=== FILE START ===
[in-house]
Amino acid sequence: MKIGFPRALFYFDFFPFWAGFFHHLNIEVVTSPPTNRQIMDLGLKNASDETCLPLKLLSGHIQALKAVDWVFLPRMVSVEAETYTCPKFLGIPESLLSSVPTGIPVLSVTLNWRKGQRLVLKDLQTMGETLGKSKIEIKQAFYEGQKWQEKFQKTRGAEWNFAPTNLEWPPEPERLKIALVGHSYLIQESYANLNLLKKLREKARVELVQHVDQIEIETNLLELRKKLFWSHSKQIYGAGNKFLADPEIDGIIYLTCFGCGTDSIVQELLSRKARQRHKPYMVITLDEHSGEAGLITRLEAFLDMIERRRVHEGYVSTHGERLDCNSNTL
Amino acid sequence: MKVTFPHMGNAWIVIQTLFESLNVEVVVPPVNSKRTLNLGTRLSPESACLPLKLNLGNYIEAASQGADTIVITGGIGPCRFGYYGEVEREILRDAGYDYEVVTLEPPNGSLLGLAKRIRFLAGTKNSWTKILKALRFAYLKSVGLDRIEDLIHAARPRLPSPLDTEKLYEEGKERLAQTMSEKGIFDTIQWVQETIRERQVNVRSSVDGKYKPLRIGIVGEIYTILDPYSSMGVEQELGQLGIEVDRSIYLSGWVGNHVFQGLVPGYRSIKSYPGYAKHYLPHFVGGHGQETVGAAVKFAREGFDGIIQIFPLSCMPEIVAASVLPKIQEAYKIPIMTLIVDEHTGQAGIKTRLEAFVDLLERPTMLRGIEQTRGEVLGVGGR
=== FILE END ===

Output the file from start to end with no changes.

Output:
[in-house]
Amino acid sequence: MKIGFPRALFYFDFFPFWAGFFHHLNIEVVTSPPTNRQIMDLGLKNASDETCLPLKLLSGHIQALKAVDWVFLPRMVSVEAETYTCPKFLGIPESLLSSVPTGIPVLSVTLNWRKGQRLVLKDLQTMGETLGKSKIEIKQAFYEGQKWQEKFQKTRGAEWNFAPTNLEWPPEPERLKIALVGHSYLIQESYANLNLLKKLREKARVELVQHVDQIEIETNLLELRKKLFWSHSKQIYGAGNKFLADPEIDGIIYLTCFGCGTDSIVQELLSRKARQRHKPYMVITLDEHSGEAGLITRLEAFLDMIERRRVHEGYVSTHGERLDCNSNTL
Amino acid sequence: MKVTFPHMGNAWIVIQTLFESLNVEVVVPPVNSKRTLNLGTRLSPESACLPLKLNLGNYIEAASQGADTIVITGGIGPCRFGYYGEVEREILRDAGYDYEVVTLEPPNGSLLGLAKRIRFLAGTKNSWTKILKALRFAYLKSVGLDRIEDLIHAARPRLPSPLDTEKLYEEGKERLAQTMSEKGIFDTIQWVQETIRERQVNVRSSVDGKYKPLRIGIVGEIYTILDPYSSMGVEQELGQLGIEVDRSIYLSGWVGNHVFQGLVPGYRSIKSYPGYAKHYLPHFVGGHGQETVGAAVKFAREGFDGIIQIFPLSCMPEIVAASVLPKIQEAYKIPIMTLIVDEHTGQAGIKTRLEAFVDLLERPTMLRGIEQTRGEVLGVGGR